The speed control points were not quite as restrictive as that.

On departure from the UK, the acceleration commenced at UPGAS, a position in the Bristol Channel only about 7 miles from Porthcawl, with the aircraft being supersonic fairly quickly thereafter.

On arrival into the UK, in Summer, the speed limit point was only about 35 miles from the Devon coast (Hartland Point), although it did move further out in Winter.

Regards to all

Bellerophon

Tinstaafl
12th Nov 2003, 04:15
Can't fly subsonic below FL450? That's fascinating. That's its equivalent of a low speed buffet boundary at that level?

Flash2001
12th Nov 2003, 05:55
Thank you gentlemen for your courteous and informed replies. I am having a little trouble rationalizing the crack of a .22 fired behind my ear with the rumble of distant thunder unless, of course, the .22 is fired at my ear in which case the question does not arise.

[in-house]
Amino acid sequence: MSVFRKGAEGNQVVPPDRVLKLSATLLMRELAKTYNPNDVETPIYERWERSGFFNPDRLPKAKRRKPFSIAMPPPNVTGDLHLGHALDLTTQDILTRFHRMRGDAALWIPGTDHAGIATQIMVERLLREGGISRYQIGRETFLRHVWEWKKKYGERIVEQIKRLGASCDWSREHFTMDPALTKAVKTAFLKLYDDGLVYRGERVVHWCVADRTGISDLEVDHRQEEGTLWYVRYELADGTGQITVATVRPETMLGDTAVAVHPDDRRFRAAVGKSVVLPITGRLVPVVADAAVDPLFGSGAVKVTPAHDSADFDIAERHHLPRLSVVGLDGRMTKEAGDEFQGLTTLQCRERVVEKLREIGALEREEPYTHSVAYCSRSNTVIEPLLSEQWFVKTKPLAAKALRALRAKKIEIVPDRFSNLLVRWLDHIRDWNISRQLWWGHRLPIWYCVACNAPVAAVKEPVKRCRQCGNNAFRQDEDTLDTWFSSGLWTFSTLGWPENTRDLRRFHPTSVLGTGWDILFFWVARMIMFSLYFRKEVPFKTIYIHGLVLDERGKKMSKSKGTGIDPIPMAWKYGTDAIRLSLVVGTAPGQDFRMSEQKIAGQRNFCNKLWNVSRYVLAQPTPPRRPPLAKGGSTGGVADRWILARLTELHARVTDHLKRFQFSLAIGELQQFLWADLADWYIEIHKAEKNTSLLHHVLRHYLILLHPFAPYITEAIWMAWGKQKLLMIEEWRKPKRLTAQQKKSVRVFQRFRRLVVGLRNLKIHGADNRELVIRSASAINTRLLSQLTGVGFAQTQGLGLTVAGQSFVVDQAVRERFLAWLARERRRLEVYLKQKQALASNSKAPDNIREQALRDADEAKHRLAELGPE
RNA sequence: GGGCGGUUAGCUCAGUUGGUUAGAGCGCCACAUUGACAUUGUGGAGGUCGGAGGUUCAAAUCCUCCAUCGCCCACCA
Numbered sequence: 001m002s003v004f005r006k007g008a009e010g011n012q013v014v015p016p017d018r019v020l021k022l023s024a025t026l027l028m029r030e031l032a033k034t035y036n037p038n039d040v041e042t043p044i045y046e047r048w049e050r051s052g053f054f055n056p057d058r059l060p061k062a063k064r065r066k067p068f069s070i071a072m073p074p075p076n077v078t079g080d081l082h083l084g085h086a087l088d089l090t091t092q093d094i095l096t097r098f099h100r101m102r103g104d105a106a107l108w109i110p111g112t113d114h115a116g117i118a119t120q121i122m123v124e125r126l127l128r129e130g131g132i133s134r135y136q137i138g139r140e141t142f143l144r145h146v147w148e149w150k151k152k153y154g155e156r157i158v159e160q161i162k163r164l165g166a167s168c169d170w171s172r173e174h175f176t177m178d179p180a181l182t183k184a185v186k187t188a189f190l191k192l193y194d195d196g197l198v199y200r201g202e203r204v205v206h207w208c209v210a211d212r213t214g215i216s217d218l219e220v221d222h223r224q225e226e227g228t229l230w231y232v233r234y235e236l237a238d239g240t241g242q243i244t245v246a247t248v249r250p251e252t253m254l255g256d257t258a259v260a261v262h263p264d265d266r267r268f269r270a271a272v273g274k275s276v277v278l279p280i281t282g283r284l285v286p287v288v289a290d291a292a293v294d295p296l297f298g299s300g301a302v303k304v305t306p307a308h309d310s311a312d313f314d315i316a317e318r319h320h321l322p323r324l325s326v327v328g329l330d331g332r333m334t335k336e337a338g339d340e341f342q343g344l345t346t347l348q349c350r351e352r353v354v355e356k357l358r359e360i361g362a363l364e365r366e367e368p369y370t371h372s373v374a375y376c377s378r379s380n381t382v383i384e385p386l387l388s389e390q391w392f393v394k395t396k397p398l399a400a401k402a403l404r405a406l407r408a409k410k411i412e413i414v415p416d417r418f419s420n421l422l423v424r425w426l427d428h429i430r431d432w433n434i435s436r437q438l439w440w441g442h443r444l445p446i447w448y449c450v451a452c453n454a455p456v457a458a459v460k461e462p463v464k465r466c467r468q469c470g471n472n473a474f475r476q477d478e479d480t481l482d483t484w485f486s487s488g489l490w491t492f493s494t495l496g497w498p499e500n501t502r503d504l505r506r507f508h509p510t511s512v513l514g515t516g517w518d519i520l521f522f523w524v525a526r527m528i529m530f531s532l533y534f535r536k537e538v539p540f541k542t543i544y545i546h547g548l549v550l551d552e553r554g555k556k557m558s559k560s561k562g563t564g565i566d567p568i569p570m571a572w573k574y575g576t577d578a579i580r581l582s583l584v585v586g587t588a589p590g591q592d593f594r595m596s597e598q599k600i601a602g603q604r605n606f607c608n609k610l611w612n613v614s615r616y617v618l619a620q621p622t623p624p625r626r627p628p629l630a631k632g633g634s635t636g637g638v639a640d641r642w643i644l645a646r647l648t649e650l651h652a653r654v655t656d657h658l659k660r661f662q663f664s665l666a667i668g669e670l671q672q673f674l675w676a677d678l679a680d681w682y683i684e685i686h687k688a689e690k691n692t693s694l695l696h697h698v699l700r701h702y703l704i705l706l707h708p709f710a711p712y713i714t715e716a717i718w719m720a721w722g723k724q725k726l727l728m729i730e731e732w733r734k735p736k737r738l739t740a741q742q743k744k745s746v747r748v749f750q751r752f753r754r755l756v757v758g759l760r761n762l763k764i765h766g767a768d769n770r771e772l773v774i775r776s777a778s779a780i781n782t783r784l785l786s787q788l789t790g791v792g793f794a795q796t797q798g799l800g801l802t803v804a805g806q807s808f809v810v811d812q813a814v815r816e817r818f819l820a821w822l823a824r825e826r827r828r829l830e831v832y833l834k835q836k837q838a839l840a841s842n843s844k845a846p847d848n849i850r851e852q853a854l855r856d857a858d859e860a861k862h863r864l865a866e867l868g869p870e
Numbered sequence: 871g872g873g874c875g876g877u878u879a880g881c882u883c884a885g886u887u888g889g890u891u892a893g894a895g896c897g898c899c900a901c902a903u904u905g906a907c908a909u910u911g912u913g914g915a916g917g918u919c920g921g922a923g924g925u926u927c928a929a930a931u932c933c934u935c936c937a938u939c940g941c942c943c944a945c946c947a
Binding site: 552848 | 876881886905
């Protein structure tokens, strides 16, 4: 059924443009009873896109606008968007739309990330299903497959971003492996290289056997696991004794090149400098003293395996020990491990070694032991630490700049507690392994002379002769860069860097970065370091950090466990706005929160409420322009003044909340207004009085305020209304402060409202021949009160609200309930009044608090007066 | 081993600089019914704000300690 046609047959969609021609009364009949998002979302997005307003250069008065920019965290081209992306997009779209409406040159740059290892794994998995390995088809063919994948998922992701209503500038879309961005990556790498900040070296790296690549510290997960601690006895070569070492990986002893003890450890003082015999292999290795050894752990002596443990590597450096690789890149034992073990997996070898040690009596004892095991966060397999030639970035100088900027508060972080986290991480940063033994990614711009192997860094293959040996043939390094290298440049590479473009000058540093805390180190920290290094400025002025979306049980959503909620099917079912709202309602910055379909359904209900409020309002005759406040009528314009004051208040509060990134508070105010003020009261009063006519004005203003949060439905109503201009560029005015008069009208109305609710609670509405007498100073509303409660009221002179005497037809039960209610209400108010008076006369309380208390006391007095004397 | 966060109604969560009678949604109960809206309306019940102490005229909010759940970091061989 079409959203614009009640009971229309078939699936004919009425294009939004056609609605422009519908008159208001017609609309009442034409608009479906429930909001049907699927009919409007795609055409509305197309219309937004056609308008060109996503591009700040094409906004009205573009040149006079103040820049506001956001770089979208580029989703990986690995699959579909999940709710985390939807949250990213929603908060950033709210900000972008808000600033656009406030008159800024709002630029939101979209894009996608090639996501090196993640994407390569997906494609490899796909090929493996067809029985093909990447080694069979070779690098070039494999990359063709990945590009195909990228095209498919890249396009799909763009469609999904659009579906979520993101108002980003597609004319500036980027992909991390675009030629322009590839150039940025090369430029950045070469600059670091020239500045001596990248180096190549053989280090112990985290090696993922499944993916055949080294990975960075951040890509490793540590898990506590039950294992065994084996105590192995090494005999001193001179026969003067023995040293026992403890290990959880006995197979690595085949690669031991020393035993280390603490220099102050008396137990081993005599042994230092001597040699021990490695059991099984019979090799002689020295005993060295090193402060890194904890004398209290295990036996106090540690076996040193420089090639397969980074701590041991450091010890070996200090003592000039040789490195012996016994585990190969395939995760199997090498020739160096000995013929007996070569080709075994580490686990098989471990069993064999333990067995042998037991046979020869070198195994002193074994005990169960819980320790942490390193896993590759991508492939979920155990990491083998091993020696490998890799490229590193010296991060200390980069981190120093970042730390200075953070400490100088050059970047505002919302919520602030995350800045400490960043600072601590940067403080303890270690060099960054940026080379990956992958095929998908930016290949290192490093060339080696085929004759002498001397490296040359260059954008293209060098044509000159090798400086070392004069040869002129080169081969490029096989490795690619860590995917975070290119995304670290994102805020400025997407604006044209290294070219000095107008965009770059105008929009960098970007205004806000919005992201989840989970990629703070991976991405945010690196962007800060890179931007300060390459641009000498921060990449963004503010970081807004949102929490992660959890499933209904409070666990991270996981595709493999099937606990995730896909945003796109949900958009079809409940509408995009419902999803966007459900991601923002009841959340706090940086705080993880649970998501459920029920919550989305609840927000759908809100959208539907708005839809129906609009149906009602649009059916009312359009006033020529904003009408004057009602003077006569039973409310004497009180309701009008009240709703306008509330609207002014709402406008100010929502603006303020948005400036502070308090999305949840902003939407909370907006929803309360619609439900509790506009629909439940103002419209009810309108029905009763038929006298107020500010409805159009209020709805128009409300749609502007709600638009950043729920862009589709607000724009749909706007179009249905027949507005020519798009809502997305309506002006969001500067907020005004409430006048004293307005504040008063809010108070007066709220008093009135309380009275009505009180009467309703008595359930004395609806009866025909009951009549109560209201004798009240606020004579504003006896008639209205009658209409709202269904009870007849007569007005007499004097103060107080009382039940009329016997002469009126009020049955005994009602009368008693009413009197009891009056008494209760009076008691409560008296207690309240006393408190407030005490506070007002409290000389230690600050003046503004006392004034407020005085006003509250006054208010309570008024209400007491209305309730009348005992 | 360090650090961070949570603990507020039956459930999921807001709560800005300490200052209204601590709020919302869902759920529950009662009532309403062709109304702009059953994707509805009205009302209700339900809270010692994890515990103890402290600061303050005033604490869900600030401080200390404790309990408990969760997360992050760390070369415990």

One additional question: In what part of the flight regime was Concorde behind the power curve?

After an excellent landing you can use the airplane again!

Tinstaafl
12th Nov 2003, 06:19
Flash, it depends on how quickly over time AND distance the sudden rise in pressure occurs, and again for the sudden drop.

A bullet has a very sudden rise over a very small distance, holds that high pressure over the very small lenght of the bullet, then the sudden drop in pressure. We hear that as a 'crack'.

I suspect in Concorde's case there's a fairly large difference in distance & time - comparatively speaking - so there's a less 'steep' rise in pressure, a noticeable delay then a less steep drop in pressure leading to a double 'boom'.

jrbt
12th Nov 2003, 08:28
When I (brag on) flew Concorde JFK-LHR 28 October 1986 as a courier for $250 (brag off), the windows measured about 3x4 inches. In one recent photo of Concorde interior I see the windows are much bigger than that. Were they enlarged, perhaps during the 2000-2001 refitting? Or did some Concordes have larger windows than others?

Flash2001
12th Nov 2003, 21:54
No Free Lunch